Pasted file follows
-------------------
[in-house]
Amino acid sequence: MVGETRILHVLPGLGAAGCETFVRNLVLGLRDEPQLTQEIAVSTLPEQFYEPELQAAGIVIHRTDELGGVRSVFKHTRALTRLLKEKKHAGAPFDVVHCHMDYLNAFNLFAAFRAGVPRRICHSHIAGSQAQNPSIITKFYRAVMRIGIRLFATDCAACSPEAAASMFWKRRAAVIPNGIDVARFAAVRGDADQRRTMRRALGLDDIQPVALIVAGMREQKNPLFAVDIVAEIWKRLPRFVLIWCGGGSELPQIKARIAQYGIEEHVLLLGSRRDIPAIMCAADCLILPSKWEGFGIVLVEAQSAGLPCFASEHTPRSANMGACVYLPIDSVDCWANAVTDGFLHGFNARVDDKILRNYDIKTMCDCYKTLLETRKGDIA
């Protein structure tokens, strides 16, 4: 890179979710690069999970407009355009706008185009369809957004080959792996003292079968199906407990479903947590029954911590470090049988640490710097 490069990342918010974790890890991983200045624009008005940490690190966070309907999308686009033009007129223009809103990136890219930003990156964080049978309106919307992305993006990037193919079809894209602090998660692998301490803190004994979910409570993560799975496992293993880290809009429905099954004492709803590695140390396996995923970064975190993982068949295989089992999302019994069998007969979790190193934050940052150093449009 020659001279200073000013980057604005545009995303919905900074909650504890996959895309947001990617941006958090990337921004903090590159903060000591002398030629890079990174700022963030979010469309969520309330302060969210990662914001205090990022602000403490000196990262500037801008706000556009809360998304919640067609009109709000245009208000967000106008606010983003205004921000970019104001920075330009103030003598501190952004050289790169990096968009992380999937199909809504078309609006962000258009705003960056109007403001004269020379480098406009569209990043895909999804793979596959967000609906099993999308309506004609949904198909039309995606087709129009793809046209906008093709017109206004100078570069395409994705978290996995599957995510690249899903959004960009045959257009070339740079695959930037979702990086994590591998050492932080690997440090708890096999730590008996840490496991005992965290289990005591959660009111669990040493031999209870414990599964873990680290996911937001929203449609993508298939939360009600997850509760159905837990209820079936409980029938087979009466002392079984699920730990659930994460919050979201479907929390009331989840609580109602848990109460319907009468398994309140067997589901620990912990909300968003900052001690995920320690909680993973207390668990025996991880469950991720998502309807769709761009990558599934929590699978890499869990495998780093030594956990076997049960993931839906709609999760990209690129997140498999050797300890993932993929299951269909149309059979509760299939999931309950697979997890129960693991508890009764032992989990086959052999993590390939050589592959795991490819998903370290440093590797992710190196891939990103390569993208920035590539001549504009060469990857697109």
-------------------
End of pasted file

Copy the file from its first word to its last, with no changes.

[in-house]
Amino acid sequence: MVGETRILHVLPGLGAAGCETFVRNLVLGLRDEPQLTQEIAVSTLPEQFYEPELQAAGIVIHRTDELGGVRSVFKHTRALTRLLKEKKHAGAPFDVVHCHMDYLNAFNLFAAFRAGVPRRICHSHIAGSQAQNPSIITKFYRAVMRIGIRLFATDCAACSPEAAASMFWKRRAAVIPNGIDVARFAAVRGDADQRRTMRRALGLDDIQPVALIVAGMREQKNPLFAVDIVAEIWKRLPRFVLIWCGGGSELPQIKARIAQYGIEEHVLLLGSRRDIPAIMCAADCLILPSKWEGFGIVLVEAQSAGLPCFASEHTPRSANMGACVYLPIDSVDCWANAVTDGFLHGFNARVDDKILRNYDIKTMCDCYKTLLETRKGDIA
């Protein structure tokens, strides 16, 4: 890179979710690069999970407009355009706008185009369809957004080959792996003292079968199906407990479903947590029954911590470090049988640490710097 490069990342918010974790890890991983200045624009008005940490690190966070309907999308686009033009007129223009809103990136890219930003990156964080049978309106919307992305993006990037193919079809894209602090998660692998301490803190004994979910409570993560799975496992293993880290809009429905099954004492709803590695140390396996995923970064975190993982068949295989089992999302019994069998007969979790190193934050940052150093449009 020659001279200073000013980057604005545009995303919905900074909650504890996959895309947001990617941006958090990337921004903090590159903060000591002398030629890079990174700022963030979010469309969520309330302060969210990662914001205090990022602000403490000196990262500037801008706000556009809360998304919640067609009109709000245009208000967000106008606010983003205004921000970019104001920075330009103030003598501190952004050289790169990096968009992380999937199909809504078309609006962000258009705003960056109007403001004269020379480098406009569209990043895909999804793979596959967000609906099993999308309506004609949904198909039309995606087709129009793809046209906008093709017109206004100078570069395409994705978290996995599957995510690249899903959004960009045959257009070339740079695959930037979702990086994590591998050492932080690997440090708890096999730590008996840490496991005992965290289990005591959660009111669990040493031999209870414990599964873990680290996911937001929203449609993508298939939360009600997850509760159905837990209820079936409980029938087979009466002392079984699920730990659930994460919050979201479907929390009331989840609580109602848990109460319907009468398994309140067997589901620990912990909300968003900052001690995920320690909680993973207390668990025996991880469950991720998502309807769709761009990558599934929590699978890499869990495998780093030594956990076997049960993931839906709609999760990209690129997140498999050797300890993932993929299951269909149309059979509760299939999931309950697979997890129960693991508890009764032992989990086959052999993590390939050589592959795991490819998903370290440093590797992710190196891939990103390569993208920035590539001549504009060469990857697109």